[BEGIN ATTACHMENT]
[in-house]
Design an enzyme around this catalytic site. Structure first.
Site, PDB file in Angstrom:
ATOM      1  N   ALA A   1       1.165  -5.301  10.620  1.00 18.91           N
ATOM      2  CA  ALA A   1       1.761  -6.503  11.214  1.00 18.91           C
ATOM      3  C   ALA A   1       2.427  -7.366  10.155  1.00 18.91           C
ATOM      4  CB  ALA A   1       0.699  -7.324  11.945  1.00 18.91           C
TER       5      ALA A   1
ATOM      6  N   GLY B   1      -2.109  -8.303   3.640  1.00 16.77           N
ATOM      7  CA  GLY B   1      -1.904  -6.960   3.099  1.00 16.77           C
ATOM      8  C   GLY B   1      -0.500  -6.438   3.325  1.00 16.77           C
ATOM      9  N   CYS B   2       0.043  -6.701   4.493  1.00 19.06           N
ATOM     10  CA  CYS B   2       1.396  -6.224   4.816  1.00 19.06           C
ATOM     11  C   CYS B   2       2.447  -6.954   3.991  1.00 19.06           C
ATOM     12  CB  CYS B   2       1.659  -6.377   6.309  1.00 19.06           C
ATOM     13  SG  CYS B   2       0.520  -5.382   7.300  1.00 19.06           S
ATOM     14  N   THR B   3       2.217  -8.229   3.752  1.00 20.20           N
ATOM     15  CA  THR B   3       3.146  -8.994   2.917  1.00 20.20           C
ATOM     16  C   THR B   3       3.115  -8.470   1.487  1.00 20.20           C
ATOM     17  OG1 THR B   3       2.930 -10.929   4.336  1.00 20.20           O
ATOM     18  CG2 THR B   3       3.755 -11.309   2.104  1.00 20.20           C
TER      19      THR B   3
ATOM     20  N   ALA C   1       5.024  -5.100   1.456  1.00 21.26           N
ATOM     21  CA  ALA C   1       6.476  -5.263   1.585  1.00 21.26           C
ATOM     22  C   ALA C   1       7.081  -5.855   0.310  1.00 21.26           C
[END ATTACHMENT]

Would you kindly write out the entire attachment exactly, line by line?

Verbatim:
[in-house]
Design an enzyme around this catalytic site. Structure first.
Site, PDB file in Angstrom:
ATOM      1  N   ALA A   1       1.165  -5.301  10.620  1.00 18.91           N
ATOM      2  CA  ALA A   1       1.761  -6.503  11.214  1.00 18.91           C
ATOM      3  C   ALA A   1       2.427  -7.366  10.155  1.00 18.91           C
ATOM      4  CB  ALA A   1       0.699  -7.324  11.945  1.00 18.91           C
TER       5      ALA A   1
ATOM      6  N   GLY B   1      -2.109  -8.303   3.640  1.00 16.77           N
ATOM      7  CA  GLY B   1      -1.904  -6.960   3.099  1.00 16.77           C
ATOM      8  C   GLY B   1      -0.500  -6.438   3.325  1.00 16.77           C
ATOM      9  N   CYS B   2       0.043  -6.701   4.493  1.00 19.06           N
ATOM     10  CA  CYS B   2       1.396  -6.224   4.816  1.00 19.06           C
ATOM     11  C   CYS B   2       2.447  -6.954   3.991  1.00 19.06           C
ATOM     12  CB  CYS B   2       1.659  -6.377   6.309  1.00 19.06           C
ATOM     13  SG  CYS B   2       0.520  -5.382   7.300  1.00 19.06           S
ATOM     14  N   THR B   3       2.217  -8.229   3.752  1.00 20.20           N
ATOM     15  CA  THR B   3       3.146  -8.994   2.917  1.00 20.20           C
ATOM     16  C   THR B   3       3.115  -8.470   1.487  1.00 20.20           C
ATOM     17  OG1 THR B   3       2.930 -10.929   4.336  1.00 20.20           O
ATOM     18  CG2 THR B   3       3.755 -11.309   2.104  1.00 20.20           C
TER      19      THR B   3
ATOM     20  N   ALA C   1       5.024  -5.100   1.456  1.00 21.26           N
ATOM     21  CA  ALA C   1       6.476  -5.263   1.585  1.00 21.26           C
ATOM     22  C   ALA C   1       7.081  -5.855   0.310  1.00 21.26           C